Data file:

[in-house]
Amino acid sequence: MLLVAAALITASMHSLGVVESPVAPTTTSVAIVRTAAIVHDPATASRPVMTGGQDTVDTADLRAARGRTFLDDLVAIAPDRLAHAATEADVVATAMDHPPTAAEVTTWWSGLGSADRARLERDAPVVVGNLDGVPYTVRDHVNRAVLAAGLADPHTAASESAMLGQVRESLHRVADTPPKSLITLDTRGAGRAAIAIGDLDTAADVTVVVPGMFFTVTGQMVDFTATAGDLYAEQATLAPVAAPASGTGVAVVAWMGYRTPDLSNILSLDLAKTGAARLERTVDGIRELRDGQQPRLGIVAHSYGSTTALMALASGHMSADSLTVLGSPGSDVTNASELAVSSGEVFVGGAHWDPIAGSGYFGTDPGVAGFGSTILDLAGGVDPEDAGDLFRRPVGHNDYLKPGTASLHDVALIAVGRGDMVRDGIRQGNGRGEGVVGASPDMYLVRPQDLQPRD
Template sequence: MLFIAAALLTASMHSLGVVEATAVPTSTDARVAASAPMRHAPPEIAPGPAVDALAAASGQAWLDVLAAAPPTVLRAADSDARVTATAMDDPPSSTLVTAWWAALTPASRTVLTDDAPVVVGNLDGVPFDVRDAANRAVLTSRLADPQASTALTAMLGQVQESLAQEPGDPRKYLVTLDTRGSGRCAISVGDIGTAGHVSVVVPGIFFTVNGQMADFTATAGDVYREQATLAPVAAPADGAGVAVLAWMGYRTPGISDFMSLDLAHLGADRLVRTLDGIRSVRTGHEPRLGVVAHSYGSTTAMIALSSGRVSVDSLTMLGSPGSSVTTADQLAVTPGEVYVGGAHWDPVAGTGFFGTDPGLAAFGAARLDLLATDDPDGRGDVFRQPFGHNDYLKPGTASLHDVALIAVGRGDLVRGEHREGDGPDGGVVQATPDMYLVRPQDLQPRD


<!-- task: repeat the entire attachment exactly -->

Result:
[in-house]
Amino acid sequence: MLLVAAALITASMHSLGVVESPVAPTTTSVAIVRTAAIVHDPATASRPVMTGGQDTVDTADLRAARGRTFLDDLVAIAPDRLAHAATEADVVATAMDHPPTAAEVTTWWSGLGSADRARLERDAPVVVGNLDGVPYTVRDHVNRAVLAAGLADPHTAASESAMLGQVRESLHRVADTPPKSLITLDTRGAGRAAIAIGDLDTAADVTVVVPGMFFTVTGQMVDFTATAGDLYAEQATLAPVAAPASGTGVAVVAWMGYRTPDLSNILSLDLAKTGAARLERTVDGIRELRDGQQPRLGIVAHSYGSTTALMALASGHMSADSLTVLGSPGSDVTNASELAVSSGEVFVGGAHWDPIAGSGYFGTDPGVAGFGSTILDLAGGVDPEDAGDLFRRPVGHNDYLKPGTASLHDVALIAVGRGDMVRDGIRQGNGRGEGVVGASPDMYLVRPQDLQPRD
Template sequence: MLFIAAALLTASMHSLGVVEATAVPTSTDARVAASAPMRHAPPEIAPGPAVDALAAASGQAWLDVLAAAPPTVLRAADSDARVTATAMDDPPSSTLVTAWWAALTPASRTVLTDDAPVVVGNLDGVPFDVRDAANRAVLTSRLADPQASTALTAMLGQVQESLAQEPGDPRKYLVTLDTRGSGRCAISVGDIGTAGHVSVVVPGIFFTVNGQMADFTATAGDVYREQATLAPVAAPADGAGVAVLAWMGYRTPGISDFMSLDLAHLGADRLVRTLDGIRSVRTGHEPRLGVVAHSYGSTTAMIALSSGRVSVDSLTMLGSPGSSVTTADQLAVTPGEVYVGGAHWDPVAGTGFFGTDPGLAAFGAARLDLLATDDPDGRGDVFRQPFGHNDYLKPGTASLHDVALIAVGRGDLVRGEHREGDGPDGGVVQATPDMYLVRPQDLQPRD